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Capturing those fast moving Garden Birds

I can happily spend hours watching the comings and goings of the small birds visiting the garden whilst trying to draw and capture their behaviour and interactions in paint. Working from the same spot means you get to know the routines of the birds that visit your garden. You will also begin to study how the light moves over your garden and when the best times are for getting the light you're after. Top tip: Keep a feeder well stocked!

This A4 oil sketch is on primed cartridge paper. I found working on a smooth paper allows for a range of marks from smooth blends to more impasto strokes, I really enjoy working on this kind of surface.

This is an A4 oil sketch of the garden Robin on a branch it frequently returned to where it would sing. Here I'm working on a thicker multi media paper which has some texture and tooth to it. This is great for making impressionist marks that abstract all the distracting background detail.

Female House Sparrow in the Winter's golden late afternoon light. This light effect was brief, I had to work as fast as I could to get these colour notes down and to get my Sparrow down before it flew off to join the other Sparrows to settle down to roost.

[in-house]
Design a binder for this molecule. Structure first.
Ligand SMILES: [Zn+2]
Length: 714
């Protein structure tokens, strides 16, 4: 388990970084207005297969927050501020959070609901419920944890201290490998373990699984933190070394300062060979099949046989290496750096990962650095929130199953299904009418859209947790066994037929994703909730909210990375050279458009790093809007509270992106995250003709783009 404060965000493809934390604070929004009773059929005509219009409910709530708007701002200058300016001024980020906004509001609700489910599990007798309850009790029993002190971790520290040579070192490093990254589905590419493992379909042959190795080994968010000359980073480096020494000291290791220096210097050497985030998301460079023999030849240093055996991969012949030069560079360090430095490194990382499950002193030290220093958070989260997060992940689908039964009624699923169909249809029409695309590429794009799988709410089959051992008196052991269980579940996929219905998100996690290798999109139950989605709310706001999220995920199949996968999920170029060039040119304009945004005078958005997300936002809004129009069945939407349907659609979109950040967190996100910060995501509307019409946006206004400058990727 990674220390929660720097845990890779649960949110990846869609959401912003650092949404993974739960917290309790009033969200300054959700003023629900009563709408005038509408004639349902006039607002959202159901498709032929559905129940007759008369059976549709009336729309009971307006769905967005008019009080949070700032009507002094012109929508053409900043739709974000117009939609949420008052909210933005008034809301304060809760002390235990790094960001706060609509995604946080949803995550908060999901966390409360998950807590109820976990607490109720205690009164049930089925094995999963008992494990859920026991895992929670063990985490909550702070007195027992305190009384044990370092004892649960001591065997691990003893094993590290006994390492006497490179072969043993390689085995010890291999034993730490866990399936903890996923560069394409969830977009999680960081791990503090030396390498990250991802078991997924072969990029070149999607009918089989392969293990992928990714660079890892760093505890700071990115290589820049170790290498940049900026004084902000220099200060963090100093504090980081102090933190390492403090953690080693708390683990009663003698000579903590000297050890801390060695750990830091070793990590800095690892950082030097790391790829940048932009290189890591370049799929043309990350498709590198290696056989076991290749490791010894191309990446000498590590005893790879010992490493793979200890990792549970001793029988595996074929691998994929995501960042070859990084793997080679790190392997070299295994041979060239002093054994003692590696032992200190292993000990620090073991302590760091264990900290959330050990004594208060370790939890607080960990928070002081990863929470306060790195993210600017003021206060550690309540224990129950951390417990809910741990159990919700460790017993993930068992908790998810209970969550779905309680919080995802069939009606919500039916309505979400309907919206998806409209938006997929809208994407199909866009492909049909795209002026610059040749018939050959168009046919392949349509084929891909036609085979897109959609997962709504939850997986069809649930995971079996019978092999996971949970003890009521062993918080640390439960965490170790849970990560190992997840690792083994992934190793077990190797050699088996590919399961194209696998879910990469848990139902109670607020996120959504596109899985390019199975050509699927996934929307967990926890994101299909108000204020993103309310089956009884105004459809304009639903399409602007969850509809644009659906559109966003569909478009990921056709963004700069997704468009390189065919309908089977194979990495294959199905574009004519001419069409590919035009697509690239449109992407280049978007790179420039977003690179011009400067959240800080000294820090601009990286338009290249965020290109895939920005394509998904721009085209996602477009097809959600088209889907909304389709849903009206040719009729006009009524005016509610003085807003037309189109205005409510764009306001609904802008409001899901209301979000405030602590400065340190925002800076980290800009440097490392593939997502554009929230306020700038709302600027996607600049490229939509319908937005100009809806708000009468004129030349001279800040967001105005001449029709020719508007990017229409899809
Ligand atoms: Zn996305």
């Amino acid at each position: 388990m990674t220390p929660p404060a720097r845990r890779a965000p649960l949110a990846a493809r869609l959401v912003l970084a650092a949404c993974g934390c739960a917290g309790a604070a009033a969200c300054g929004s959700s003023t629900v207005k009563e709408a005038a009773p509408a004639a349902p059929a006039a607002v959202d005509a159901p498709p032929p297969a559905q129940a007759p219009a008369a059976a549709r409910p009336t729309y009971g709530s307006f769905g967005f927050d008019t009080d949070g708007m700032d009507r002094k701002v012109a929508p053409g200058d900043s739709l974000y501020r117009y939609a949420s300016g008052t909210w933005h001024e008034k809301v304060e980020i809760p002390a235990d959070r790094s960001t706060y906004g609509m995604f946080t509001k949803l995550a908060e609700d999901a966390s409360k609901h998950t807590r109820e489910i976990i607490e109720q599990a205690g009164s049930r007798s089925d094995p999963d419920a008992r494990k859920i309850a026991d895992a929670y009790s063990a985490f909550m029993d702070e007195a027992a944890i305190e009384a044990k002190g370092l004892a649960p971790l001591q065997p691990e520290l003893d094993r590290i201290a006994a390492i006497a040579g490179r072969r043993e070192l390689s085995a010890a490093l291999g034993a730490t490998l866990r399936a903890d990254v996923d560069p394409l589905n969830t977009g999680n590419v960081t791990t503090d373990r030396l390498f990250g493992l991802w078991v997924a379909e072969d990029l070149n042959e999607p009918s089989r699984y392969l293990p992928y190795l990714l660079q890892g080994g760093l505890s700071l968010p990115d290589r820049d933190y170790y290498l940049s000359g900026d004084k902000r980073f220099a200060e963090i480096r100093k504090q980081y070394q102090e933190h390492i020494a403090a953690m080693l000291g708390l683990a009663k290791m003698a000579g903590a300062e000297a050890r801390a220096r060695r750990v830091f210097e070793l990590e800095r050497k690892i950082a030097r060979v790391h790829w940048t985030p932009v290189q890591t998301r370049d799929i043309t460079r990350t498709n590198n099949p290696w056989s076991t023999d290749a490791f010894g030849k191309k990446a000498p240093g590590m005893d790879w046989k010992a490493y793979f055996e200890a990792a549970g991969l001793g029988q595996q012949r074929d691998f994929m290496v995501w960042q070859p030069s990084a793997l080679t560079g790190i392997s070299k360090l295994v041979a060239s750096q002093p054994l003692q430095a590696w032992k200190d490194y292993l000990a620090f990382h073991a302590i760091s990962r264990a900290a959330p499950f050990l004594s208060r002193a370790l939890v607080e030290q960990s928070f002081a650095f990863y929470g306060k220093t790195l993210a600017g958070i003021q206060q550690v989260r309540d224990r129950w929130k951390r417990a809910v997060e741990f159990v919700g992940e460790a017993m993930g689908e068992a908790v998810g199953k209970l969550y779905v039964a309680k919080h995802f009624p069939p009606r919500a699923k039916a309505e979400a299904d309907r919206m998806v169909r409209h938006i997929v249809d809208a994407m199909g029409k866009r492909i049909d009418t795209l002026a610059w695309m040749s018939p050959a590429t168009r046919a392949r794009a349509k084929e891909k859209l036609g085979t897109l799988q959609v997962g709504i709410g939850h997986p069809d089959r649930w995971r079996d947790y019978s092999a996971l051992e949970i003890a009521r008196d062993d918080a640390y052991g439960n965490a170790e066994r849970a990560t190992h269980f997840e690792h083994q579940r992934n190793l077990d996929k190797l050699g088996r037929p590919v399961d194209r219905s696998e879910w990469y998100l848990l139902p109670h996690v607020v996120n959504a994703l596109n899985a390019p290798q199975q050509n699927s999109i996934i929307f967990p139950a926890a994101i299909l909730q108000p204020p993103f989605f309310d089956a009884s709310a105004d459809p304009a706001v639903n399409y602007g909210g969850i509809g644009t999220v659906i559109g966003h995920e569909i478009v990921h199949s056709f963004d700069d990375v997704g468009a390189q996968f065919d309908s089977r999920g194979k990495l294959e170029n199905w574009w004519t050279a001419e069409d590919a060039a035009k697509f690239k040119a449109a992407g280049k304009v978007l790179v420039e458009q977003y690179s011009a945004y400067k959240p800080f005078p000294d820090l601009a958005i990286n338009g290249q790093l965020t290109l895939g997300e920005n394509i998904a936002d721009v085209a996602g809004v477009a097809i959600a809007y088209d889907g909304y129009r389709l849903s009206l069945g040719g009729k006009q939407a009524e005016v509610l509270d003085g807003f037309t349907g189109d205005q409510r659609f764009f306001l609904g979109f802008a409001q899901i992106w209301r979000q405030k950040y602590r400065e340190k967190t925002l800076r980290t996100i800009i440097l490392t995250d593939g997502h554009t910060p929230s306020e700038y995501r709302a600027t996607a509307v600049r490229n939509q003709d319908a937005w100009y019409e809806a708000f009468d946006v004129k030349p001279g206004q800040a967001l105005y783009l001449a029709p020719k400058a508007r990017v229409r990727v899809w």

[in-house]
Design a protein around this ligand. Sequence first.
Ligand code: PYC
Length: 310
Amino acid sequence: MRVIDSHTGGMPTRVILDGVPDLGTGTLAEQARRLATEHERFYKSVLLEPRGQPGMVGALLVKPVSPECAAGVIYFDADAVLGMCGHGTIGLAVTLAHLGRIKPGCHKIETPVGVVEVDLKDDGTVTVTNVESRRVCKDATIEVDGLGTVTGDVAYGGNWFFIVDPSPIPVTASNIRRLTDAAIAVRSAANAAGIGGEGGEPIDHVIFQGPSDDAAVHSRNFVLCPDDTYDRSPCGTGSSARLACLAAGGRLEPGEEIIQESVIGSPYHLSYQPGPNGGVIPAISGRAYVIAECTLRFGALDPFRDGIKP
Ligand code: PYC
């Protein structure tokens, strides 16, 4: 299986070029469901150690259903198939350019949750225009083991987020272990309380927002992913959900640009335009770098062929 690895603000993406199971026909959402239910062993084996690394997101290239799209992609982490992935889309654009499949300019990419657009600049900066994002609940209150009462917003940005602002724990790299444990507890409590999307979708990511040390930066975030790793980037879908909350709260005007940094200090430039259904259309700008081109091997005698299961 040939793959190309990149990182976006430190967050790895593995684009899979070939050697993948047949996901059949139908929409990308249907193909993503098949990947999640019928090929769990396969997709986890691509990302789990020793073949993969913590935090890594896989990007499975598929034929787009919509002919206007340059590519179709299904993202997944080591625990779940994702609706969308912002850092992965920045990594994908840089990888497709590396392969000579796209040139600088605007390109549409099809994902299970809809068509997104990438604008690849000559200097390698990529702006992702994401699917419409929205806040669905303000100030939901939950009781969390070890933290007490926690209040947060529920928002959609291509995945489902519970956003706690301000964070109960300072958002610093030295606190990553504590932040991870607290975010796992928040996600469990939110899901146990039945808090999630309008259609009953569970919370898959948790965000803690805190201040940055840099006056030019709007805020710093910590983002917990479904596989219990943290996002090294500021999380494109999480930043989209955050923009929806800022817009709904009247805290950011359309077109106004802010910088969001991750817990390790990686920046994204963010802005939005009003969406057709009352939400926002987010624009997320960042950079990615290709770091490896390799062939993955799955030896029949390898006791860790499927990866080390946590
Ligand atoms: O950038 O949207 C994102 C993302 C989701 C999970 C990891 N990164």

If painting birds from life is new to you I would recommend beginning with large sheets of paper and making multiple studies on a sheet. The key is to start simple.

Keep your focus on observation rather than trying to create the perfect picture too early on. With practice you will enjoy looking at the marks you get down to see what you have caught. With every drawing/ painting you build up your knowledge and understanding of your subject. Your short term memory for visual information will gradually improve too with practice.

There are lots of exercises you can play with to help you begin, all with the sole aim of simplifying what you are seeing and placing an emphasis on looking and looking again! Enjoy the process of experimenting and finding what works for you. Start with the big shapes and postures then study details and gradually it will all come together.

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